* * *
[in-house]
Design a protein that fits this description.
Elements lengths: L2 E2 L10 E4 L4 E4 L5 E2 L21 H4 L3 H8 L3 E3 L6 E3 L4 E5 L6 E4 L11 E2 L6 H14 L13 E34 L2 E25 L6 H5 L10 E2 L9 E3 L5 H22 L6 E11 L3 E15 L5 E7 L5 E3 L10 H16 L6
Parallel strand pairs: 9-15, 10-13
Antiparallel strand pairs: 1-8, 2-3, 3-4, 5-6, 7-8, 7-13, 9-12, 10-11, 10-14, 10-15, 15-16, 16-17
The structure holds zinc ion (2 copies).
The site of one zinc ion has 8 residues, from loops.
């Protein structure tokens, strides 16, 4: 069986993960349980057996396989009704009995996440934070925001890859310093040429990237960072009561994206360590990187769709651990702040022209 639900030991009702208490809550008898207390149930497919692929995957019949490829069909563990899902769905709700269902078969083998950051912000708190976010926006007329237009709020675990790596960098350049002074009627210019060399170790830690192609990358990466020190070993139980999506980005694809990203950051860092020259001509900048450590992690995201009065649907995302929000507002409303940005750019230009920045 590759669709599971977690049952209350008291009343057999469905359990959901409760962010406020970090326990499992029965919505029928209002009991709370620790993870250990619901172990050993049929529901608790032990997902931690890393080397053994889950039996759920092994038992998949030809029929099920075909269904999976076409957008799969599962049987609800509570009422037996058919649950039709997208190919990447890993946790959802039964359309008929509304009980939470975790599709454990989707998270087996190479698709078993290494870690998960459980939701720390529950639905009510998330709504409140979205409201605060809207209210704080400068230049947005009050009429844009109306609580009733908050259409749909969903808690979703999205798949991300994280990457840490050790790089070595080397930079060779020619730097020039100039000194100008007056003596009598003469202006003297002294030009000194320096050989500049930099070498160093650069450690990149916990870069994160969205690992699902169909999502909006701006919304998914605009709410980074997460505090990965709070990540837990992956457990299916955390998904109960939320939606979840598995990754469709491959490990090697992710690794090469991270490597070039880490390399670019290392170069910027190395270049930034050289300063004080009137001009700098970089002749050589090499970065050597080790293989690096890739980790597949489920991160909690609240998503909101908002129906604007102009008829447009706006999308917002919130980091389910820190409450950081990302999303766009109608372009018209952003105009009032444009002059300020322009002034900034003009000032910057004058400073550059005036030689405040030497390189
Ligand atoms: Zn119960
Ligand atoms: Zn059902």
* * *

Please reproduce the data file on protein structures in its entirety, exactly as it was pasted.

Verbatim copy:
[in-house]
Design a protein that fits this description.
Elements lengths: L2 E2 L10 E4 L4 E4 L5 E2 L21 H4 L3 H8 L3 E3 L6 E3 L4 E5 L6 E4 L11 E2 L6 H14 L13 E34 L2 E25 L6 H5 L10 E2 L9 E3 L5 H22 L6 E11 L3 E15 L5 E7 L5 E3 L10 H16 L6
Parallel strand pairs: 9-15, 10-13
Antiparallel strand pairs: 1-8, 2-3, 3-4, 5-6, 7-8, 7-13, 9-12, 10-11, 10-14, 10-15, 15-16, 16-17
The structure holds zinc ion (2 copies).
The site of one zinc ion has 8 residues, from loops.
């Protein structure tokens, strides 16, 4: 069986993960349980057996396989009704009995996440934070925001890859310093040429990237960072009561994206360590990187769709651990702040022209 639900030991009702208490809550008898207390149930497919692929995957019949490829069909563990899902769905709700269902078969083998950051912000708190976010926006007329237009709020675990790596960098350049002074009627210019060399170790830690192609990358990466020190070993139980999506980005694809990203950051860092020259001509900048450590992690995201009065649907995302929000507002409303940005750019230009920045 590759669709599971977690049952209350008291009343057999469905359990959901409760962010406020970090326990499992029965919505029928209002009991709370620790993870250990619901172990050993049929529901608790032990997902931690890393080397053994889950039996759920092994038992998949030809029929099920075909269904999976076409957008799969599962049987609800509570009422037996058919649950039709997208190919990447890993946790959802039964359309008929509304009980939470975790599709454990989707998270087996190479698709078993290494870690998960459980939701720390529950639905009510998330709504409140979205409201605060809207209210704080400068230049947005009050009429844009109306609580009733908050259409749909969903808690979703999205798949991300994280990457840490050790790089070595080397930079060779020619730097020039100039000194100008007056003596009598003469202006003297002294030009000194320096050989500049930099070498160093650069450690990149916990870069994160969205690992699902169909999502909006701006919304998914605009709410980074997460505090990965709070990540837990992956457990299916955390998904109960939320939606979840598995990754469709491959490990090697992710690794090469991270490597070039880490390399670019290392170069910027190395270049930034050289300063004080009137001009700098970089002749050589090499970065050597080790293989690096890739980790597949489920991160909690609240998503909101908002129906604007102009008829447009706006999308917002919130980091389910820190409450950081990302999303766009109608372009018209952003105009009032444009002059300020322009002034900034003009000032910057004058400073550059005036030689405040030497390189
Ligand atoms: Zn119960
Ligand atoms: Zn059902």